MUN is an exciting place to work. Each day you interact with intelligent young people, making everyday a challenge. Fast pace learning the current standards in programming and computer science in general.
Working as a Standardized Patient means presenting yourself as an opportunity for young medical students to practice their interviewing and diagnostic skills. An SP is asked to perform various roles from getting a simple examination to portraying individuals with varying case histories and medical problems. This is a CASUAL/ON CALL position.
Working as an RA is a great growing experience and looks good on a resume. You will gain leadership experience, learn time management, how to work with a team and independently, etc. There is also a sense of community within the residence life circle, so there is a lot of support.
However, this job has the ability to consume your life. Nearly every training session (one morning a month) and staff meeting, someone brought up the concept of the “fishbowl”. As an RA we were on constant observation from our residents, coworkers/peers, and management. One of the requirements of the position is to be a good role model, and they’re watching to make sure you are. Additionally, it is often repeated that you’re “always on duty”, you’re always required to be doing your job. You must always be easily accessible. You are required to spend every night sleeping in the house. If you sleep anywhere else, even another house on campus, it counts as a night off. You get 6 nights off a year. This job strips you of your privacy.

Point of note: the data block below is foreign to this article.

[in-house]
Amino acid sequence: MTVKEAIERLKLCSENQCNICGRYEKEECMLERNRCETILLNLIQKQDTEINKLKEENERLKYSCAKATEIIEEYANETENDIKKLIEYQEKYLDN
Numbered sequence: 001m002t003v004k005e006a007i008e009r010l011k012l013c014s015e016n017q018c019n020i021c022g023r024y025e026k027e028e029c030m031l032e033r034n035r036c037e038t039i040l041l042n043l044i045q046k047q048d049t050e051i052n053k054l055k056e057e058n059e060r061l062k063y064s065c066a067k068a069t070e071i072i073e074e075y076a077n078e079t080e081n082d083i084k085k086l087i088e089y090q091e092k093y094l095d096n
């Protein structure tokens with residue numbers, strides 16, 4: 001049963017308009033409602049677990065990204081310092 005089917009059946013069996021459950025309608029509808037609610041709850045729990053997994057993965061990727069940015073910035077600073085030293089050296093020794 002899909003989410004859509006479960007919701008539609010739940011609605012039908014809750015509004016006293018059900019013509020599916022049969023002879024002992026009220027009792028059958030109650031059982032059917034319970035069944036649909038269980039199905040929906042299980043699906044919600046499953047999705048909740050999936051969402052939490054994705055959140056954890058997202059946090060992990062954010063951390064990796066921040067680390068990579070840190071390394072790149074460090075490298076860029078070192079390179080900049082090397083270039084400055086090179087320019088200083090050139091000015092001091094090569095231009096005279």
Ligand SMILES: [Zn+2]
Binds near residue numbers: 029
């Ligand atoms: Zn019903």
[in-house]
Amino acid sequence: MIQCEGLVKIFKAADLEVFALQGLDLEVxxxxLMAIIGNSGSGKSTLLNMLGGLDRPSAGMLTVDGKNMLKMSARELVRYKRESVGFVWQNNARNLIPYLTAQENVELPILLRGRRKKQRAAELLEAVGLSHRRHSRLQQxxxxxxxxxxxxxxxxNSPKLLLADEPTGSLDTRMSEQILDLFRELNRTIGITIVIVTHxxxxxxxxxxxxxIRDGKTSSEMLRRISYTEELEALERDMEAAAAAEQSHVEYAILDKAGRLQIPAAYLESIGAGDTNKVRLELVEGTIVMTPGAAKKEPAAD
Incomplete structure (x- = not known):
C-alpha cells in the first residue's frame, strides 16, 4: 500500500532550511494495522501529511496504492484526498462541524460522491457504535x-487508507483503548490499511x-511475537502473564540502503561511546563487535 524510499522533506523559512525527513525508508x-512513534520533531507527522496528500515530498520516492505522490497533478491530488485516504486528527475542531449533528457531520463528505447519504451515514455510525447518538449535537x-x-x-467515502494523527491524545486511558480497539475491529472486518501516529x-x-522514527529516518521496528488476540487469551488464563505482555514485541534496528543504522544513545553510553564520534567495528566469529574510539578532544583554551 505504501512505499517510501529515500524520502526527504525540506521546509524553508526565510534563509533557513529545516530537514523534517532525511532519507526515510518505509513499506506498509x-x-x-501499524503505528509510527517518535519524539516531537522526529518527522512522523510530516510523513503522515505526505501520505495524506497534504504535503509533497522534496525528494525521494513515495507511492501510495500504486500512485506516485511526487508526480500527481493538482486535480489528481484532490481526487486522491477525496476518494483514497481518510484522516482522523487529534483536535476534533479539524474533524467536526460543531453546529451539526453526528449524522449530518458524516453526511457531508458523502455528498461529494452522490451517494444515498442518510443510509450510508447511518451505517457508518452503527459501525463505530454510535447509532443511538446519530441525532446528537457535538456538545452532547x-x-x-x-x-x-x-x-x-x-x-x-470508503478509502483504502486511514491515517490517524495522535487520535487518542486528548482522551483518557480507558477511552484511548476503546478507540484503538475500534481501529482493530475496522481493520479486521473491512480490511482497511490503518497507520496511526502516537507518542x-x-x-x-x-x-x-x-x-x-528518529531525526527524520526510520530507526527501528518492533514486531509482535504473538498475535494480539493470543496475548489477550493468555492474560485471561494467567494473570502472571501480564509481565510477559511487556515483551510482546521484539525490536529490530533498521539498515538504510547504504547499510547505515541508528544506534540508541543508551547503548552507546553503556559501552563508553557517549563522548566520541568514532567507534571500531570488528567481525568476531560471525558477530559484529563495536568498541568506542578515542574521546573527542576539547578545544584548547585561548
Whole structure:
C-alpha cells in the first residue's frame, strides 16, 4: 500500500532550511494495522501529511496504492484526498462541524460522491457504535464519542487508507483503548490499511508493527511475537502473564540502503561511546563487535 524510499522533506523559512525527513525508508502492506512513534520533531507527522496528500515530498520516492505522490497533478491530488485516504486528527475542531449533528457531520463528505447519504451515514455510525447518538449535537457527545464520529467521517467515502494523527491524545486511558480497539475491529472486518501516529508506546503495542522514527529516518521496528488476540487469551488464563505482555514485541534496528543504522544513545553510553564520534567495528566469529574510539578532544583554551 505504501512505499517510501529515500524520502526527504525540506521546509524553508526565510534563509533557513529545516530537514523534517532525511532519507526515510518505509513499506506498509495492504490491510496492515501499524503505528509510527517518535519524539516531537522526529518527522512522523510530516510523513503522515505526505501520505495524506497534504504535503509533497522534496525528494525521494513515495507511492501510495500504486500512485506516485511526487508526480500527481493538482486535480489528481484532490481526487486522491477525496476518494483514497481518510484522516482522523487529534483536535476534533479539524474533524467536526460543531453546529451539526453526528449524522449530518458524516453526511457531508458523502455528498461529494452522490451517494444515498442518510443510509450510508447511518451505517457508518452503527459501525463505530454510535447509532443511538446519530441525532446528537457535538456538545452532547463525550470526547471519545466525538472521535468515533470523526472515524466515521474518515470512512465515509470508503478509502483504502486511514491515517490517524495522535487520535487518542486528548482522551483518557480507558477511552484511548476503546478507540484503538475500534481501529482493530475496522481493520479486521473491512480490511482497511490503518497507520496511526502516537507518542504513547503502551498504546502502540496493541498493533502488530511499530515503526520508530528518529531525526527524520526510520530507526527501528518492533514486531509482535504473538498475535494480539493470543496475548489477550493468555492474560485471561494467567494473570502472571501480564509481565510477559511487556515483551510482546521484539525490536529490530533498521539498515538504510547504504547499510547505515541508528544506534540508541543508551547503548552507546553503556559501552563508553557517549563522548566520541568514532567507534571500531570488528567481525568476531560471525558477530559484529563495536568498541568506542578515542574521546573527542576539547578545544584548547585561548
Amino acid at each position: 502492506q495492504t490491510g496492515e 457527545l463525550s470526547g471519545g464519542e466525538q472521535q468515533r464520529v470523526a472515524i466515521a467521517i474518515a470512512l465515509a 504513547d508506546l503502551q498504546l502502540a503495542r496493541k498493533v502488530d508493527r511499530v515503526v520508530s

The expectations are high. Management has a tendency to focus on the wrong priorities and forget the reality of their community. Generally, they care more about enforcing strict rules than the residents as young adults who need support. Because of the high expectations and strict regulations, along with their inability to get food that doesn’t taste like rubber, staff turnover is high. Back in the day staff apparently stayed for much longer, even moving up to higher positions. Only a scattered few of that generation are left now and most staff only stay for 1 - - plus...
Very little opportunity for advancement. Most positions are not refilled as people retire so no new opportunities arise. Pay levels are not consistent with job duties from one level of classification to the next.
Very elitist work culture at times. Obvious distinction between Faculty and Support Staff.
Low staffing in many departments causing very heavy work load for existing staff.